Although the normal peak brightness statistics on a 50-inch LCD in this price range are a little unsatisfactory, the HDR capability on the TV significantly improves the picture quality. In reality, when I view HDR10 films on TV, I seldom ever feel as if there is anything I am missing. Although the NanoCell might, at times, produce the inky look that better LCDs do, black levels are also strong. In panoramic movies, for example, bars above and below the picture often don't go completely black but instead stay dark grey.

Vignetting, blooming, and other dimmer artifacts in darker HDR situations are also noticeable and sometimes disturbing. Due to this, light-coloured backgrounds are illuminated by bright objects like flashlights. This kind of artifact is typical with local dimming TVs, although it is a little more noticeable here than on competitive models I've tried. However, the business has made significant advancements in this area since blooming is less bothersome on the NanoCell than it was on earlier LG TVs.

7. Dolby Vision

It's important to note that I noticed a few unexpected irregularities while watching Dolby Vision videos from various sources. The image seems extremely dark and sometimes lacks the punch in highlights one would anticipate from HDR material while viewing a variety of Dolby Vision films using the Cinema option via the TV's built-in applications, such as Netflix. The good news is that, as a consequence, there aren't many local fading artifacts.

However, highlights seem to be brighter and more dramatic when utilizing a Fire TV Stick 4K or Xbox One X attached to one of the TV's HDMI ports to view the same Dolby Vision movies. Blooming from the local dimming is also much more apparent at the same time. Additionally, this is true while using a Roku Ultra connected to the TV to view the same streaming movies and TV shows in HDR10.

In order to find out why this disparity was happening, I contacted LG. Following an investigation, LG offers the following explanation: "The picture quality handling of Dolby Vision material is identical on either the local app or HDMI input & has been confirmed via the Dolby Certification process.

The color and brightness may seem different based on the device due to extra upgrades made by the various device makers. When everything is taken into account, Dolby Vision material seems to use the TV's brightness abilities better and match the TV's HDR10 performance, so I eventually chose to view it on my Fire TV Stick 4K.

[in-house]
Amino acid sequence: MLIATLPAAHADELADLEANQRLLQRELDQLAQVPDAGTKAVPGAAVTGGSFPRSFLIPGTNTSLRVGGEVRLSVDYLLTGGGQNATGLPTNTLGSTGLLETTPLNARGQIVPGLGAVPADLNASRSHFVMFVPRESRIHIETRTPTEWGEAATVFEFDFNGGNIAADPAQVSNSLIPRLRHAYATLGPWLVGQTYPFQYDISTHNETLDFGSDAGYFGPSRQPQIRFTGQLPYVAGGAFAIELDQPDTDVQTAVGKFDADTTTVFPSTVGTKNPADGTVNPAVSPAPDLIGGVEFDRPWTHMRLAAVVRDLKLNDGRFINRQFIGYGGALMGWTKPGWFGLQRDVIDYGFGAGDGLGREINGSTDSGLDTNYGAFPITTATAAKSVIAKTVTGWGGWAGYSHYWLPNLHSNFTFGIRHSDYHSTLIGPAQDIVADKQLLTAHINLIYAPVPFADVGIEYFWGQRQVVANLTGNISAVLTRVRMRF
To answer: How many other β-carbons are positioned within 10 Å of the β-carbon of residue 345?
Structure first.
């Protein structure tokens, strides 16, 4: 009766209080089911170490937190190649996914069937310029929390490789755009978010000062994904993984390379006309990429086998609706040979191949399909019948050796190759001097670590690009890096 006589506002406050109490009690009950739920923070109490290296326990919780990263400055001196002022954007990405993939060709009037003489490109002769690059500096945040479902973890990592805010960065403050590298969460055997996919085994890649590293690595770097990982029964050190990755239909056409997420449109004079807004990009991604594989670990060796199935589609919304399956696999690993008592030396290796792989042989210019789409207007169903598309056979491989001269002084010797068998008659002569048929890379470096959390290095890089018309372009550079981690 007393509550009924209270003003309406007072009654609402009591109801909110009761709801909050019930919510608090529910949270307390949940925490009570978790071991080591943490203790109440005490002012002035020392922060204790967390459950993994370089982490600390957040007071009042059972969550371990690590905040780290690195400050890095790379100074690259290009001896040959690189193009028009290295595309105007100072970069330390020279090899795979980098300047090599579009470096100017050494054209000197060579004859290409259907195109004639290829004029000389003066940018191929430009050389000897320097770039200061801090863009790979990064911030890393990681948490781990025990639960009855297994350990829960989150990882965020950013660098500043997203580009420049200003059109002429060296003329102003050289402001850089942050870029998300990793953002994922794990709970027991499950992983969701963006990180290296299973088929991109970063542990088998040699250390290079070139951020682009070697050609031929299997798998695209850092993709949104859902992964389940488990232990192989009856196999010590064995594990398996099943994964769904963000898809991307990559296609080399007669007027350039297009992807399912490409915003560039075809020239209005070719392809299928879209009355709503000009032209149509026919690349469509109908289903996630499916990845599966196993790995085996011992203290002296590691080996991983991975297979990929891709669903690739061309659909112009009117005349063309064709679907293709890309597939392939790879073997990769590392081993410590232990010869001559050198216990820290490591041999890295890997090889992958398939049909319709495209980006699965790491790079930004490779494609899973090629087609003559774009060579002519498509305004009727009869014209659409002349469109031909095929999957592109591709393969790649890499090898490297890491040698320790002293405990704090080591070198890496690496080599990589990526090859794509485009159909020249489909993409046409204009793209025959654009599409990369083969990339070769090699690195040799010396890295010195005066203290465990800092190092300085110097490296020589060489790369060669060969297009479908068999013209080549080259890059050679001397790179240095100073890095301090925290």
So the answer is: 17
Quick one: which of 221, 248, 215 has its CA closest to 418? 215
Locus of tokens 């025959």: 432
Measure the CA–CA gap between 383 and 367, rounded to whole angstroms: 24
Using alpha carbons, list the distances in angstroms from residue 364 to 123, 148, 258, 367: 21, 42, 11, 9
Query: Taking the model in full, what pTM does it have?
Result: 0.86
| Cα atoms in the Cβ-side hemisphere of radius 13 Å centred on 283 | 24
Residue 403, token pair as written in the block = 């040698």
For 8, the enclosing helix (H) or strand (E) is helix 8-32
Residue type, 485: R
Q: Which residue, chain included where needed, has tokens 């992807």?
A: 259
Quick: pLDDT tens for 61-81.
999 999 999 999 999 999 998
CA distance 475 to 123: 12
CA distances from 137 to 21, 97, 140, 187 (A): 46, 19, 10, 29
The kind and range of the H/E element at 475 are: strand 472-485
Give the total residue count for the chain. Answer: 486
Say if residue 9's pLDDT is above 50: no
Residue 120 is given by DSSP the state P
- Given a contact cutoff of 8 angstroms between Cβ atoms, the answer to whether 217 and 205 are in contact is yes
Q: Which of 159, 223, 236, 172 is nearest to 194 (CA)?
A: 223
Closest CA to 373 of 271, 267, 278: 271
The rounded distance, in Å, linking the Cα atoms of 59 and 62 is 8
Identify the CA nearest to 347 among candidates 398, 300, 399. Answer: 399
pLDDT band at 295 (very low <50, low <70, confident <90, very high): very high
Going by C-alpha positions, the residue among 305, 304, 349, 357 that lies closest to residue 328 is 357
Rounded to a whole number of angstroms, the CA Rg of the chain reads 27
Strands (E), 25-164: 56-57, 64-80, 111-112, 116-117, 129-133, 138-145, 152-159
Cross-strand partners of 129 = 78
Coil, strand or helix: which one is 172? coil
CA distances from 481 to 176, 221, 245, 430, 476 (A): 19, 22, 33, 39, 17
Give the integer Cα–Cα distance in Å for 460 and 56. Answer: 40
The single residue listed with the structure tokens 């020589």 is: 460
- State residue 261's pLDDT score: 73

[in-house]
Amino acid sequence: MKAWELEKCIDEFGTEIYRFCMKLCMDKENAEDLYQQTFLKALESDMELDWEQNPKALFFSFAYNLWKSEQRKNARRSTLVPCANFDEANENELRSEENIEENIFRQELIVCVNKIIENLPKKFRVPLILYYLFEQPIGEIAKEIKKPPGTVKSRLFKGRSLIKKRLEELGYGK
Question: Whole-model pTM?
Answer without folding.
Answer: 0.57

8. Features of Smart TVs

The LG NanoCell utilizes the webOS smart TV platform, providing a quick and responsive system with a decent selection of applications and lifestyle functions. The built-in compatibility for Google Assistant or Alexa on the accompanying Magic Remote lets customers choose which voice assistant they wish to utilize. You can quickly search for material, open applications, and discover answers to a variety of issues thanks to the effective speech recognition and digital assistant features in use.

Almost every other major online app you might desire is also included, including Netflix, Disney Plus, Hulu, Amazon Prime Video, Vudu, Apple TV Plus, and Peacock. When accessible, support for HDR10, Dolby Vision, and Dolby Atmos surround sound is also included. However, there is one significant app exclusion that may be a problem for certain users: HBO Max is not included. It is challenging that this service isn't offered here, considering that Roku and Fire TV devices are also presently lacking it.

I haven't seen any significant latency or crashes, which is a relief, and overall navigation is quick. LG's webOS does not have the traditional fullscreen app homepage seen on some other streaming systems, such as Android TV and the Roku OS.

Instead, hitting the home button on the remote activates the display of an app menu in a horizontal pop-up menu at the bottom of the screen. In general, this method is quite effective and lets you switch between apps without having to return to the homepage.

LG 50 inches Nanocell Series 4K TV Review

If you are equipped with an antenna, you may use LG Channels, which offers a wide selection of free Internet TV channels when combined with over-the-air networks. Cheddar News, American Classics, The Broadway Channel, and more channels are available on LG's complimentary channel lineup, which Xumo powers.

These kinds of free integrated channel lineups are already widespread on many smart TV platforms, but although being a pleasant addition, they don't actually replace cable or a full-fledged live TV subscription. Therefore, I hardly ever find myself channel-surfing these choices.


Particularly in terms of smart features and viewing angles, LG's new NanoCell TV delivers strong overall performance. The display's contrast and brightness levels fall short of other more affordable TVs from well-known manufacturers, which is a drawback. Customers looking for a large-screen LCD TV with extensive digital assistant support for their living room may consider this product as a good investment.